Nairobi — After five years of implementation, the Women's Empowerment and Demographic Dividend in the Sahel program is producing satisfactory results. Authorities of the beneficiary countries Benin, Burkina Faso, Mali, Mauritania, Niger, Ivory Coast and Chad, told participants at a session on Demographic Dividend in the Sahel was held on November 13 in Nairobi.
It aims to accelerate the demographic transition, trigger the demographic dividend and reduce gender inequalities in the region, and specifically to increase women's and adolescent girls' access to sexual and reproductive health, including voluntary family planning and maternal health. The Sahel Women's Empowerment and Demographic Dividend Project (SWEDD) also helps to eliminate systemic bottlenecks in health service delivery and help countries develop a political agenda that places demographics and gender at the heart of growth. Representatives from beneficiary countries shared their experience and the actions that have helped more than 106 thousand girls go back to school.
The Regional Steering Committee representative said that SWEDD has shown encouraging results in West and Central Africa, making this region a model. This explains why countries like Benin, Cameroon, Guinea and Senegal have shown interest in the project and negotiations for their integration with the World Bank are at an advance stages.
Mali's Minister of Planning and Population Dr Adama Tiemoko Diarra said that this initiative has done much to reduce drop-out rates. He took the opportunity to emphasize the importance of education in the era of demographic transition. According to him, SWEDD has helped Mali to achieve a gross enrollment rate of 80%, but lamented the fact that enrollment level for girls only stands at 70%. Faced with this state of affairs, he says, support has been provided for girls' schooling through cash transfer systems allocated to families. Sanitary kits and bicycles are given to girls to facilitate transportation to school. He says SWEDD has assisted more than 24 thousand girls in Mali.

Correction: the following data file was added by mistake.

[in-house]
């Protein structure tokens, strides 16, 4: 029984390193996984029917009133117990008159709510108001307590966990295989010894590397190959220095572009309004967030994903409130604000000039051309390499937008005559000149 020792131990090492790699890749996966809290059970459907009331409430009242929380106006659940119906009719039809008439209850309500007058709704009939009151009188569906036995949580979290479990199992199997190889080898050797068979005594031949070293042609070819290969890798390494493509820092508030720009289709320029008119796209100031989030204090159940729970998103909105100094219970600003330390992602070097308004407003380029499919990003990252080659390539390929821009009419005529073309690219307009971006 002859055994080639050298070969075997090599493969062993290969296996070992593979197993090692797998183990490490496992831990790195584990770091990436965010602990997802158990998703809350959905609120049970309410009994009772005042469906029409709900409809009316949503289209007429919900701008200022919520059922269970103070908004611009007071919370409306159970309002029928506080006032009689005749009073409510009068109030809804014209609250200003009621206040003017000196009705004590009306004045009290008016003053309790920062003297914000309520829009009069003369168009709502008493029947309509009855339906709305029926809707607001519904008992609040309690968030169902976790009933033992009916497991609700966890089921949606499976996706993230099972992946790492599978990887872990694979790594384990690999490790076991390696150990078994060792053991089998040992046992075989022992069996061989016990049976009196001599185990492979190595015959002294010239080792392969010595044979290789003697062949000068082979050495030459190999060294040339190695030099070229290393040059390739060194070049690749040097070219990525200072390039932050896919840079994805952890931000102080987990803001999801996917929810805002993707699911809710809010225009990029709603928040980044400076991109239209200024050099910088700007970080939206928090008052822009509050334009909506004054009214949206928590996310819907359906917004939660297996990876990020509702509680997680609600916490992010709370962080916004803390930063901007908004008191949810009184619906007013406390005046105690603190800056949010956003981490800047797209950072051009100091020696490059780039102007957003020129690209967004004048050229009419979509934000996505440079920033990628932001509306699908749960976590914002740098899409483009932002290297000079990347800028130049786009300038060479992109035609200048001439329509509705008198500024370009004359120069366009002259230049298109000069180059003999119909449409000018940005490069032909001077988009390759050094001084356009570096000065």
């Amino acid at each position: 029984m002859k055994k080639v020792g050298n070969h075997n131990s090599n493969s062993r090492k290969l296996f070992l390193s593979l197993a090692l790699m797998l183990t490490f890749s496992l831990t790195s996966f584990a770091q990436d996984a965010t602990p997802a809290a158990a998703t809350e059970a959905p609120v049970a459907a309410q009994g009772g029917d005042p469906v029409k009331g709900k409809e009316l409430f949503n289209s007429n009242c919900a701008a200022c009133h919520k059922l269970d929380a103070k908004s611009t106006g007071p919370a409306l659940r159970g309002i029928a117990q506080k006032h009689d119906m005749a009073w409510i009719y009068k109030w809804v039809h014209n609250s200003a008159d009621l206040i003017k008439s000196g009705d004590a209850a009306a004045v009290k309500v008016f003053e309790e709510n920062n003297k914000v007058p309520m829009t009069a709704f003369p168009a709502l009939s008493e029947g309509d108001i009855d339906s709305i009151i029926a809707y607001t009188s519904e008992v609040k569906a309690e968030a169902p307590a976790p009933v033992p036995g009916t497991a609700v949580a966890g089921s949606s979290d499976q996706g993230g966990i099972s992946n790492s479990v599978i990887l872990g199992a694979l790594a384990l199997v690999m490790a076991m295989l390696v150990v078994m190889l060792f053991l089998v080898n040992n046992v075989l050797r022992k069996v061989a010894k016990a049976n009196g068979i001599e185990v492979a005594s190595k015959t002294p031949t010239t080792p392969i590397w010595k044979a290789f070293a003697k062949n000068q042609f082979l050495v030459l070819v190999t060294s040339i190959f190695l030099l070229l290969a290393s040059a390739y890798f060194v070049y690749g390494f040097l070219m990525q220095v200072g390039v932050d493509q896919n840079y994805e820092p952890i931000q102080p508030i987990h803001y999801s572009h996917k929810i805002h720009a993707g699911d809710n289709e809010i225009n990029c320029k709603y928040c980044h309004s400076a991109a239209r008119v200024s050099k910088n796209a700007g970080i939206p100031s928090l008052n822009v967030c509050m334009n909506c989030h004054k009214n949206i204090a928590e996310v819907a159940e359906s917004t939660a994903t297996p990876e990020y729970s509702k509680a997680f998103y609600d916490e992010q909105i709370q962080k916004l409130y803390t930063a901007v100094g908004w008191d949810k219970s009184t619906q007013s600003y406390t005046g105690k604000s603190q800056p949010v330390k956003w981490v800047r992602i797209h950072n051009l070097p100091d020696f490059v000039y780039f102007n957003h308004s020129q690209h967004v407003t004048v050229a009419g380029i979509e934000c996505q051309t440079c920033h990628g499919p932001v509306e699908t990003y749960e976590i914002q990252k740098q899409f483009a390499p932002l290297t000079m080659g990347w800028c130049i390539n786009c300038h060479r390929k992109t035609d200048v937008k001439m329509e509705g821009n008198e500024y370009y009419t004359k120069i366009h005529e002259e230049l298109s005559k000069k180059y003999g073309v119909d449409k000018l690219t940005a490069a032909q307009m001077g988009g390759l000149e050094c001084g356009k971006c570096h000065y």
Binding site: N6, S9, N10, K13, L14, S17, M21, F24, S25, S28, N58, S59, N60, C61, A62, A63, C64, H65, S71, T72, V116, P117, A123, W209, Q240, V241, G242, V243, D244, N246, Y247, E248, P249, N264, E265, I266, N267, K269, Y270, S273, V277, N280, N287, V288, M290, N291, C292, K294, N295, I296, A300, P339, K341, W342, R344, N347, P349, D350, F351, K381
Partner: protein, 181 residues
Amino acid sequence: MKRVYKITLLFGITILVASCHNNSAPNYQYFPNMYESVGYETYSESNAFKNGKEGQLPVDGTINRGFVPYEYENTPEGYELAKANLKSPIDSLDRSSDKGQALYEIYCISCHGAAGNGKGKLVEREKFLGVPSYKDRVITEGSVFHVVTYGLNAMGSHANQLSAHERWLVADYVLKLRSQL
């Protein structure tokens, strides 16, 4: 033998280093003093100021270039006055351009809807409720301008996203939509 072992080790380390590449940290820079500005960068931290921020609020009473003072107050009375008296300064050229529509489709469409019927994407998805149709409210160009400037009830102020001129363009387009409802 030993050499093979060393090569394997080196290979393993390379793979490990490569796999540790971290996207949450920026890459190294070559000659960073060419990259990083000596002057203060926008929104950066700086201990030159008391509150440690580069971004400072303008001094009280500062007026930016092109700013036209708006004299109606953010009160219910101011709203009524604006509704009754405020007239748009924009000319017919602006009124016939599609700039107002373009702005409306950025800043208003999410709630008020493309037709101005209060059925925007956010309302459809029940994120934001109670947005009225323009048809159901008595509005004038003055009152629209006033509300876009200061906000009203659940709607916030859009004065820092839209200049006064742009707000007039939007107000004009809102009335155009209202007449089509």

The same trend is noted in Mauritania, Minister of Social Affairs, Children and the Family, Dr Nene Oumou Deffa Kane, said as SWEDD support has reduced the dropout rate from 6.7% to 4% between 2016 and 2018. Dr Amadou Aïssata Issa Maiga, Minister of Population of Niger says SWEDD has made a considerable contribution in the fight against early marriages and the setting up of "Safe Spaces" for young girls in Niger.
In the case of Chad, Minister of Economy and Planning and Development Issa Doubragne said that the project on empowering women and the demographic dividend in the Sahel has attracted the attention of traditional and religious leaders as well as the the private sector. He said the project has shown that girls can go to school and stay in school, they can access all types of workand conversation will religious authorities on this important issue is not an impossibility. More than 100 women have been trained to drive heavy equipment and 168 women have been trained in the field of renewable energy.
A Call for More Government Involvement
Doubragne said 10 000 women benefited from the SWEDD project support, 600 girls were supported, improving their health. He said nearly six million people have benefited from activities of SWEDD hence the call for States to show political will in line with the activities of SWEDD to enhance its achievements. This call for action is in line with the one launched by the Director of UNFPA's West and Central Africa Office, M. Mabingué Ngom for accelerating the promises of the ICPD.
In a session with journalists about "scaling up", held prior to the Nairobi conference, Ngom pushed to have SWEDD in all the countries of the region by 2030. Ngom believes that in order to achieve the goals of zero maternal deaths, zero forced marriage, and voluntary family planning and maternal health, States need to act by adopting strategies based on partnership.
The event was organized by the implementing partners of the Sahel Women's Empowerment and Demographic Dividend Project (SWEDD), CREFAT-CREG, and Promundo US. It receives financial support from the World Bank, technical support of the United Nations Population Fund (UNPFA) and the West African Organization for Health (WAHO).
SWEDD is a multisectoral and multidimensional partnership between seven Sahelian countries. Launched in November 2015, the SWEDD project is funded by the World Bank, coordinated by UNFPA with technical assistance from the West African Health Organization. This initiative responds to the call made by the presidents of the Sahel countries. It works to accelerate the demographic transition, trigger the demographic dividend and reduce gender inequalities in the region, and specifically to increase women's and adolescent girls' access to sexual and reproductive health, including voluntary family planning and maternal health. The SWEDD project also helps to eliminate systemic bottlenecks in health service delivery and help countries develop a political agenda that places demographics and gender at the heart of growth.
Read the original report by Bacary Dabo on https://fr.allafrica.com/